FirstLight Astronomy Club

33°29.6'N / 117°06.8'W / 1190 ft.

Quick Quiz on the Gas Giants

We’ve recently passed two of the great gas giants, Jupiter and Saturn, in our orbit around the sun. Both of these planets are still up in the early evening skies, Jupiter overhead, Saturn more to the west.

Maybe now would be a fitting time to take a quick little quiz about the outer planets - Jupiter, Saturn, Uranus, and Neptune. The statements below are all true or false, but remember, as usual, you will not be graded - but you must have fun!

Statement 1: The gas giants are made of gas.

Asking people what the four gas giants are made of is like asking who’s buried in Grant’s Tomb. “Gas giants” pretty much spells it out – they are giant planets made of gas, of course.

Kinda, sorta… not.

If by gas one means hydrogen and helium and methane then yes, the four jovians, as they are often called, are all pretty gassy. But (cue dramatic music) those elements and compounds aren’t always gasses!

The outer layers of the planets are gassy, to be sure, with their cloud patterns and storms like that Great Red Spot on Jupiter. But when you sink below the cloudy upper deck and in through an outer layer of gaseous hydrogen, the atmospheric pressure starts to kick in pretty heavily, and things change dramatically.

Going further down, the pressure becomes so great that the hydrogen gradually becomes a liquid. Go further down into Jupiter and Saturn where the pressure reaches about 2 million times what it is here in our atmosphere and the liquid hydrogen becomes the rare metallic hydrogen.

And way, way, way down deep is a rocky core, probably as big as Earth, experiencing pressures greater than 50 million times our own atmospheric pressure.

Uranus and Neptune aren’t big enough to have the liquid hydrogen but neither are they completely gassy.

Below their upper cloud decks is a thick layer of gaseous hydrogen. But down below that is an entire sphere of icy water and ammonia and methane. And way down deep they, too have a rocky core.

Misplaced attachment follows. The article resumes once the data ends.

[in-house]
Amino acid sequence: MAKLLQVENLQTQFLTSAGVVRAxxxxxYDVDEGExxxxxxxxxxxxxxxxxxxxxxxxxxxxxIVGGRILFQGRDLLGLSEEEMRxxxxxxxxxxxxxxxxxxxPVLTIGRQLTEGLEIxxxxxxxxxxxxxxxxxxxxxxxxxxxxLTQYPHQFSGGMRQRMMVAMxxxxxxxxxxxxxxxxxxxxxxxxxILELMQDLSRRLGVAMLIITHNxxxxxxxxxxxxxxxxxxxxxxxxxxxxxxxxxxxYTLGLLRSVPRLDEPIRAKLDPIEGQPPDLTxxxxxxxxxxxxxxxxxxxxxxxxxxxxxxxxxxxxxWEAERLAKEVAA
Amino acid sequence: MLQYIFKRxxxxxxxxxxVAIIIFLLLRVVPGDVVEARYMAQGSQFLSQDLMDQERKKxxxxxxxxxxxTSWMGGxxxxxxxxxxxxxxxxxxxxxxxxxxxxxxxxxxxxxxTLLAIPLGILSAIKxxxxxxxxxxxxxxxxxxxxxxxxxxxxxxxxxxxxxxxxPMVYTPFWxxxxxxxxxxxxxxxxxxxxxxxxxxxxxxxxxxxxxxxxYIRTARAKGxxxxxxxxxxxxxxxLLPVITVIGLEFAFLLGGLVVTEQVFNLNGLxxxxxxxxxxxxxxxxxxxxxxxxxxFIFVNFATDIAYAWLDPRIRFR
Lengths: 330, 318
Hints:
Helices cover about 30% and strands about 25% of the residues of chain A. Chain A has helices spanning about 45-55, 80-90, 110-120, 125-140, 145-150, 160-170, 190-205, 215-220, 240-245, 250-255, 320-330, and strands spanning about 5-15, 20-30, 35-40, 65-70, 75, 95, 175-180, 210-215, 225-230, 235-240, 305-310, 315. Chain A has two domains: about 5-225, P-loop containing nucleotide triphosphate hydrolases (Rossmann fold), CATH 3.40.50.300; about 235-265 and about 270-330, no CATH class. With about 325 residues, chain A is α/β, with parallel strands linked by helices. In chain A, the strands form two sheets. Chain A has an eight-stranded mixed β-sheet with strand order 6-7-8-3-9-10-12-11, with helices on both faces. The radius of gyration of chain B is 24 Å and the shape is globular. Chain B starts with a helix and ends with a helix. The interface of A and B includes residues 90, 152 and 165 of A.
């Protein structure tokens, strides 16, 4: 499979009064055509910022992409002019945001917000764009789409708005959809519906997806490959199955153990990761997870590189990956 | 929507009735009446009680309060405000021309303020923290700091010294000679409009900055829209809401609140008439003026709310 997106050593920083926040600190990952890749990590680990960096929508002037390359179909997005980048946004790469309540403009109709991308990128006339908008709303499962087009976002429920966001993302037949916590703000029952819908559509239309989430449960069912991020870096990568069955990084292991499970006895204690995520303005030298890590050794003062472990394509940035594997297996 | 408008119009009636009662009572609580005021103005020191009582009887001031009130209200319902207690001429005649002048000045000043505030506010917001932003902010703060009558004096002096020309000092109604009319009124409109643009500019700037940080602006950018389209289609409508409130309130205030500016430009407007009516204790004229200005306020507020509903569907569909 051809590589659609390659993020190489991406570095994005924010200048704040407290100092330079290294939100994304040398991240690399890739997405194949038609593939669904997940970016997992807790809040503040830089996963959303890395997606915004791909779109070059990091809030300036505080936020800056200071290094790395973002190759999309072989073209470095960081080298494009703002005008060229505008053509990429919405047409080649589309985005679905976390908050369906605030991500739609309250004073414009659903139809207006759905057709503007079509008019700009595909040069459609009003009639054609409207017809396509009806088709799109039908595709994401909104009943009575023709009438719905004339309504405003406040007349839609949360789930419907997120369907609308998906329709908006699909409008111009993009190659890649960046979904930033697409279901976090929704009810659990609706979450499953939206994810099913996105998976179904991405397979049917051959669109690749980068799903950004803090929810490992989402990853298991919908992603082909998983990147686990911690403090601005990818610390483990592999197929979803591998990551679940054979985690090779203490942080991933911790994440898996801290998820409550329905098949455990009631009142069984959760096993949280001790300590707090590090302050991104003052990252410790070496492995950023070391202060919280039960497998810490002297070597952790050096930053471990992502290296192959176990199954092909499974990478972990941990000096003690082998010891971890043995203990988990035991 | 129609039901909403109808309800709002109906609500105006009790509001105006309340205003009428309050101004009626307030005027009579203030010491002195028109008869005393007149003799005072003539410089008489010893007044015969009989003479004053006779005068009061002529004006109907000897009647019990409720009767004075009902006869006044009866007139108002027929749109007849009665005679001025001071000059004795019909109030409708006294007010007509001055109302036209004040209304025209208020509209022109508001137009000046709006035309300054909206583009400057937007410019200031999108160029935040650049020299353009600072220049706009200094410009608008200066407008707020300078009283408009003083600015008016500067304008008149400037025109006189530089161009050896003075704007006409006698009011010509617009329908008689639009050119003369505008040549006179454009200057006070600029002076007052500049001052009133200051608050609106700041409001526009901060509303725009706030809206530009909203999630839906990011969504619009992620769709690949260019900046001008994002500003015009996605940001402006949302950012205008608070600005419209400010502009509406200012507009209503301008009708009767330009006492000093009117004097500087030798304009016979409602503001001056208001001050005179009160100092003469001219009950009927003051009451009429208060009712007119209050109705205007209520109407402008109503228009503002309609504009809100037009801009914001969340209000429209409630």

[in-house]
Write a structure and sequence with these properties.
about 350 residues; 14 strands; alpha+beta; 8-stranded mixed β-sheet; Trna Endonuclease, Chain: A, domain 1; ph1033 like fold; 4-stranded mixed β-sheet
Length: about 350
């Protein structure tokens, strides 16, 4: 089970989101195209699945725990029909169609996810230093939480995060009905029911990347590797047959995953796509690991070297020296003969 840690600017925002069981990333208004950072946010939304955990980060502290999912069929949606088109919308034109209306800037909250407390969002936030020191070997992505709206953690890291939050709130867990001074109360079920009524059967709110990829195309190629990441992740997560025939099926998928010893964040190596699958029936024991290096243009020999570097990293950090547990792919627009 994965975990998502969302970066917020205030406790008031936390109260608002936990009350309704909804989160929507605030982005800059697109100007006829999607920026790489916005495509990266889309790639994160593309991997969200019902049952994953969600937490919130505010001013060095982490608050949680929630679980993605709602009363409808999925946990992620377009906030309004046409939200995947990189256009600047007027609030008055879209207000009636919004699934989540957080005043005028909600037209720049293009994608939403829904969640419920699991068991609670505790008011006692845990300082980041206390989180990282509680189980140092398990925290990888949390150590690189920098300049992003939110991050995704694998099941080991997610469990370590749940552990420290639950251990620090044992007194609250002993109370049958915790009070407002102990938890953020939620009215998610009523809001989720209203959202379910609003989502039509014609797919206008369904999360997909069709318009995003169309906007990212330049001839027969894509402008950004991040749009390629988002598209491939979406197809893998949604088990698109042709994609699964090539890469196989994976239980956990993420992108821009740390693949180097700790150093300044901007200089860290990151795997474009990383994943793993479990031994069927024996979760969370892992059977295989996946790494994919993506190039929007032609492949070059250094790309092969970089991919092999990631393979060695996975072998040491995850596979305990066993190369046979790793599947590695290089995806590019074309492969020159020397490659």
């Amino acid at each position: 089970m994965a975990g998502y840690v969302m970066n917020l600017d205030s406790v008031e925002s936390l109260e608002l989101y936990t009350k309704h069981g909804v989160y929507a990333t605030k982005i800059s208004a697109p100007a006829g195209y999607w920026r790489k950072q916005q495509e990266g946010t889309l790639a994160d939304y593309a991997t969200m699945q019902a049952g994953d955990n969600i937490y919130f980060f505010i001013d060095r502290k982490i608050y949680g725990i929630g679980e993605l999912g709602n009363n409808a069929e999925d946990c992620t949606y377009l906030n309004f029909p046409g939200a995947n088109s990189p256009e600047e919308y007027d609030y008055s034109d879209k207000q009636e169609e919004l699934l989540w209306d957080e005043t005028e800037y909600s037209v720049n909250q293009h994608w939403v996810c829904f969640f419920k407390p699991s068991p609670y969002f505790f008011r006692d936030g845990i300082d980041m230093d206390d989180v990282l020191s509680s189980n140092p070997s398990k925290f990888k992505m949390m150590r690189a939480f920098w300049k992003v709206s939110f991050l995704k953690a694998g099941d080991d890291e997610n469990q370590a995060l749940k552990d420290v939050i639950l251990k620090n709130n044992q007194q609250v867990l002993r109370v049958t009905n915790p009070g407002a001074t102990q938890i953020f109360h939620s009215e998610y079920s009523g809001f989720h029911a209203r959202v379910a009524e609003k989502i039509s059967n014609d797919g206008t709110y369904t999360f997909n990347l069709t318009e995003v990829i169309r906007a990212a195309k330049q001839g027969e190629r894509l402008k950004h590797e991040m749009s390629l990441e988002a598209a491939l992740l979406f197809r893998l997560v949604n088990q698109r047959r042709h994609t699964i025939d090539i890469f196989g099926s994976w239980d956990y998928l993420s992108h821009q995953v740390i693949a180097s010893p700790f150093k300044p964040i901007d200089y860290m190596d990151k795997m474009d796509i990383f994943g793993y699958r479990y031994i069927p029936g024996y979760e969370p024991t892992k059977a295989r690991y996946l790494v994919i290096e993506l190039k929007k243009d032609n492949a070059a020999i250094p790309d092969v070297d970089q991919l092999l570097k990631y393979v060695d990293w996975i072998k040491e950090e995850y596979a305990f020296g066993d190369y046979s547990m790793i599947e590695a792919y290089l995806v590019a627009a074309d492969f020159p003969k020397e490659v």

So, yes the “gas giants” have lots of gas, but they are no means the great gas bags in space many people see them as.

Answer: false

Statement 2: The fact that they are all gigantic and have lots of gas gives us hints into how they were created.

When one sees four inner planets, grouped together and all earthlike, surrounded by distant gigantic planets all bathed in hydrogen and other gases, us nerdy science types get all excited. There’s a pattern here and the planets are trying to tell us something.

What we believe these giant outer four are telling us is that they were formed about the same time, far away from a burning sun.

Far away means cooler, and cooler means different materials can be used as building blocks for planets; like gases and water ice, for example. Try building a planet of gas near a star and it won’t work. The gases get blown away by the star. That’s why the inner planets are all rocky bodies.

But the Gas Giants are telling us that out there hydrogen and helium and methane and even frozen water can be used to build planets. And the huge masses of Jupiter and Saturn indicate that there was a lot of “stuff” to vacuum up out there in the early days of our solar system, but not so much way out where Uranus and Neptune were created.

Answer: true

Statement 3: Of the gas giants, only Saturn has rings.

Saturn’s rings were the first to be seen when Galileo spotted them nearly 400 years ago. But it wasn’t until the last decades of the 20th century that the other jovian planets revealed their own little secrets.

It turns out that all four have ring systems. Of course Saturn’s is most famous and arguably the most beautiful. But Jupiter has a faint ring system of its own, made of dust so small that it can’t reflect light back towards us. That’s why we can’t see it from here. But spacecraft flying behind it have seen its dispersed light and imaged it.

Uranus has its own unique and beautiful ring system that now, with powerful telescopes, can be seen from here.

And distant Neptune has a bizarre ring system, barely there, and made of barely visible carbon compounds making it very difficult to see even by the Voyager spacecraft that have flew by years ago.

Answer: false